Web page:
Sunday, October 21, 2007

Bring It On

Another thing I like about being a cyclist is that it makes me less afraid of the weather than I would be otherwise.

When you’re inside, hearing or surfing for the weather report, or even when you look out the window and see the rain coming down, you’re apt to be more concerned than you might otherwise be about what’s going to be falling from the sky or blowing through the trees.

But when you’re outside on your bike, even if you’re getting drizzled upon, even if the headwind is pushing you all but backwards, you tend to see that it’s not as bad as you might have thought it was and you’re able to go on about your daily business, the elements be damned.

On Thursday afternoon, at my school, we received an email canceling a late afternoon meeting because near gale-force winds were being predicted for the afternoon commute. Nobody, of course, really minded much getting out a bit early, but as I rode home, it became clear that the worry was a bit hyperbolic. Sure, it was windy, and yes, the Burke-Gilman trail was littered with fallen branches, and indeed, a few times, twigs and leaves blew past my face somewhat too close for comfort, but the day was far from being dangerous enough to require battening down the hatches and staying indoors.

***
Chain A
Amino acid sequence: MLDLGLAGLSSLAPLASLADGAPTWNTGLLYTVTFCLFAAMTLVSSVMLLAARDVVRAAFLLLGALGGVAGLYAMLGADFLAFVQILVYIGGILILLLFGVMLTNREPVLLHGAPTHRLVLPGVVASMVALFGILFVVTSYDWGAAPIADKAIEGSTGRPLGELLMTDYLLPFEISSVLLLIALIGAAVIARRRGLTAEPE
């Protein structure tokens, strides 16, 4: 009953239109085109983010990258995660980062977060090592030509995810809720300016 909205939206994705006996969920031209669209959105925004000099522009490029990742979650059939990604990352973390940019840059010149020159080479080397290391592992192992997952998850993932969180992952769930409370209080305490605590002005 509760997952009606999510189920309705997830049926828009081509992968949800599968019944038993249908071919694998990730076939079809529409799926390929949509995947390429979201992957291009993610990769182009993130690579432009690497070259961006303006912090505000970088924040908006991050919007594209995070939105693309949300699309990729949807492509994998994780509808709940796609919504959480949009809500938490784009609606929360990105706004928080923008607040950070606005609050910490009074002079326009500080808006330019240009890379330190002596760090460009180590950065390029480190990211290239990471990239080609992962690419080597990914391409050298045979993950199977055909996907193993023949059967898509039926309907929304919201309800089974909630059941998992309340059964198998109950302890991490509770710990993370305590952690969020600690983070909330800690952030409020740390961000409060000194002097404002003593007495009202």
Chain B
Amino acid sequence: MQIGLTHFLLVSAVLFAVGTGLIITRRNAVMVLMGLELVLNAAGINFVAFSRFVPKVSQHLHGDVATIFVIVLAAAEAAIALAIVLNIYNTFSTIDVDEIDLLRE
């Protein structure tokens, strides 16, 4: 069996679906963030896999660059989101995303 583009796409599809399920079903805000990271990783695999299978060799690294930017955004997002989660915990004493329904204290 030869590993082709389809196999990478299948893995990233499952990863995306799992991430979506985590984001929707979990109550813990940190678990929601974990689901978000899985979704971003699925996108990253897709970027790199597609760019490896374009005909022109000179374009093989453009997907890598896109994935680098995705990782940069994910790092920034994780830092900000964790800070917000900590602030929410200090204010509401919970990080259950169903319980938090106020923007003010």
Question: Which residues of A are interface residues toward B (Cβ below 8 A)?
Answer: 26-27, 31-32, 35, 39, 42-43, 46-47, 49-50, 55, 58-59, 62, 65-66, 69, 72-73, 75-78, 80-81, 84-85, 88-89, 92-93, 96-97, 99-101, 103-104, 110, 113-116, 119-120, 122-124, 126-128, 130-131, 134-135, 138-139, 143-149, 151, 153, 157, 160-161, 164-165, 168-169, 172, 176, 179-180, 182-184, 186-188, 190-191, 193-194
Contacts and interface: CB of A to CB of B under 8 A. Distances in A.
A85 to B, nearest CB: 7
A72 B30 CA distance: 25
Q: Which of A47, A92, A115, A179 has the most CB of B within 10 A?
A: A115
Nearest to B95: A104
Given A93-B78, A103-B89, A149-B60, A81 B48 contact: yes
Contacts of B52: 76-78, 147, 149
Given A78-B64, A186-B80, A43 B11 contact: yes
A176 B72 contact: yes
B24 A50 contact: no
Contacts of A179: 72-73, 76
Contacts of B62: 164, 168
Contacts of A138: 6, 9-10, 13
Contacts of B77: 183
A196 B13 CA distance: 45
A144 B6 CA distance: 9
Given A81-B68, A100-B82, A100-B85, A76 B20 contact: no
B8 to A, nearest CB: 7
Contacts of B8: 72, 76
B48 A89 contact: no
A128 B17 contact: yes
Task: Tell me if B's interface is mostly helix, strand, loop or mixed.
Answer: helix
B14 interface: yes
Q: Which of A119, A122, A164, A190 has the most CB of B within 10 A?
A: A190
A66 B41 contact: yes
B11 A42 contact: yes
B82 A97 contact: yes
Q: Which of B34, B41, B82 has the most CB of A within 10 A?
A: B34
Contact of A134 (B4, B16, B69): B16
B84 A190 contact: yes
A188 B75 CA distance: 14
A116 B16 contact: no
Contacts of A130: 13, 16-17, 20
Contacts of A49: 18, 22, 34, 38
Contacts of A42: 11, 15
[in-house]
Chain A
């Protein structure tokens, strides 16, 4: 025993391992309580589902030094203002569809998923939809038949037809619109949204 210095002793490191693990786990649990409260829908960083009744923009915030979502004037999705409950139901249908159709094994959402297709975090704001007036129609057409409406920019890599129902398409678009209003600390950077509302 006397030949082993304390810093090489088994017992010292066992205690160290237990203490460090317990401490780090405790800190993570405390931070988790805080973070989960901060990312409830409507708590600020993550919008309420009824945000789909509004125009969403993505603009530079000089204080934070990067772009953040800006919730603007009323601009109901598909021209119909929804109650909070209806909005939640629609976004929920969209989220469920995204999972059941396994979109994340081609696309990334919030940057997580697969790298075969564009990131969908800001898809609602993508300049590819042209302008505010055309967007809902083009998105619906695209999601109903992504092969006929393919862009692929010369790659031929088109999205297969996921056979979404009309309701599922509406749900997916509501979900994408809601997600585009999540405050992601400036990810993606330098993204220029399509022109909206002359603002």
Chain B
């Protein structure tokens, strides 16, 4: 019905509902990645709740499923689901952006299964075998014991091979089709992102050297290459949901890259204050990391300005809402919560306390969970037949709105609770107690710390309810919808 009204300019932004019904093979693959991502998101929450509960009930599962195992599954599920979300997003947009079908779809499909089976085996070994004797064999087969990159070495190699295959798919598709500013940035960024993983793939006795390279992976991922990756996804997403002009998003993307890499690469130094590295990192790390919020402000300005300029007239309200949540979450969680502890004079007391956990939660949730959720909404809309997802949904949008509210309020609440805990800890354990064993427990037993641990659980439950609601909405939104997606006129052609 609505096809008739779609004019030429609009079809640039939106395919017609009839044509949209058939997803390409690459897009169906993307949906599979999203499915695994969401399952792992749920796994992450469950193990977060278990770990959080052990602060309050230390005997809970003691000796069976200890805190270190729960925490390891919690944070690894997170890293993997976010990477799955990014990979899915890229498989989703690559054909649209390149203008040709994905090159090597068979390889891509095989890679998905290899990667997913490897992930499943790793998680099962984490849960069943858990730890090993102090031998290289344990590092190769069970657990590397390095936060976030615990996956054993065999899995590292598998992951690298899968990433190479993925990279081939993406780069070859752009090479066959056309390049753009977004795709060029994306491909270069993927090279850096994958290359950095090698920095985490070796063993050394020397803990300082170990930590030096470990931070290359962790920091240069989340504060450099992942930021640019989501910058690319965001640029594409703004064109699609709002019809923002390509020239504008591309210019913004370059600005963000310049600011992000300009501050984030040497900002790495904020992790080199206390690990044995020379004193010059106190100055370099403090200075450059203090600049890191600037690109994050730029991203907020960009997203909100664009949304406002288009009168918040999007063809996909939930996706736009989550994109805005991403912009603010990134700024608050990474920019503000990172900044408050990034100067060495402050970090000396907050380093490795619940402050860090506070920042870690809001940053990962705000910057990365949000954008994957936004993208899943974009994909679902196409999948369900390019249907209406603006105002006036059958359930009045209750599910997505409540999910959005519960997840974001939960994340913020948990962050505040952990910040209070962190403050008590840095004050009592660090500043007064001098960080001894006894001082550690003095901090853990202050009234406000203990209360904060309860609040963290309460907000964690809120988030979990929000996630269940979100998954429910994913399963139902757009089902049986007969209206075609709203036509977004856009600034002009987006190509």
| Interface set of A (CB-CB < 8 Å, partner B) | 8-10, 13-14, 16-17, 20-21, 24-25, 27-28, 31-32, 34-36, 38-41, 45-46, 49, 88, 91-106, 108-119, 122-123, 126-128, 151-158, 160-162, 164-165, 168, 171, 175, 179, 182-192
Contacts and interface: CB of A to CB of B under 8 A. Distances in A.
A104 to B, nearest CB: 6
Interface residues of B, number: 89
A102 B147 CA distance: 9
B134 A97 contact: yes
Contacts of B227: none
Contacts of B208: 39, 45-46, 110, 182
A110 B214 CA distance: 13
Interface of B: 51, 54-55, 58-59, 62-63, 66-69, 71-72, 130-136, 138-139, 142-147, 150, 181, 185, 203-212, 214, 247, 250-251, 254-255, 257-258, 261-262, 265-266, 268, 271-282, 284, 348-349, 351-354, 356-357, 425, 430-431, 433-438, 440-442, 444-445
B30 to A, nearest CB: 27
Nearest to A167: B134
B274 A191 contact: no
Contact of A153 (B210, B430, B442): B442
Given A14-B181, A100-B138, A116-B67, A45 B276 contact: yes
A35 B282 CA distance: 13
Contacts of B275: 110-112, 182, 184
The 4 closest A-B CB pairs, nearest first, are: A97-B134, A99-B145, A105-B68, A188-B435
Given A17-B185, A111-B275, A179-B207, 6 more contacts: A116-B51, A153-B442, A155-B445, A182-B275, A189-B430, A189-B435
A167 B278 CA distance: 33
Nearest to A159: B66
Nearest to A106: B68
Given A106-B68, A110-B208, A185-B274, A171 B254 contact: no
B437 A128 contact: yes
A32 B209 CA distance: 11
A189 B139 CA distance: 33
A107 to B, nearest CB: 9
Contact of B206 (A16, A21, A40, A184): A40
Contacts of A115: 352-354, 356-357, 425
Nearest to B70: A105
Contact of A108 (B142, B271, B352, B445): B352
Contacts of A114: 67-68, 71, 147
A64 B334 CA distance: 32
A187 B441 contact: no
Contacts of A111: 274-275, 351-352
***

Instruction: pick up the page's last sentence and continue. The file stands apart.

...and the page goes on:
Or today, here in our fair city: it’s dreary and dismal outside, but when you’re out in it, you realize that it’s actually kind of pleasantly misty and that the sky is all shimmery silver edge-to-edge.

Of course, winter hasn’t really begun yet, so I’m pretty sanguine about the season’s gloominess so far. Come December, when my jacket hasn’t dried out for two months and my gloves smell like cottage cheese, I’m sure I’ll be much more inclined to complain than now.

Still, if I just get out in and ride, the worst that will happen is getting wet.


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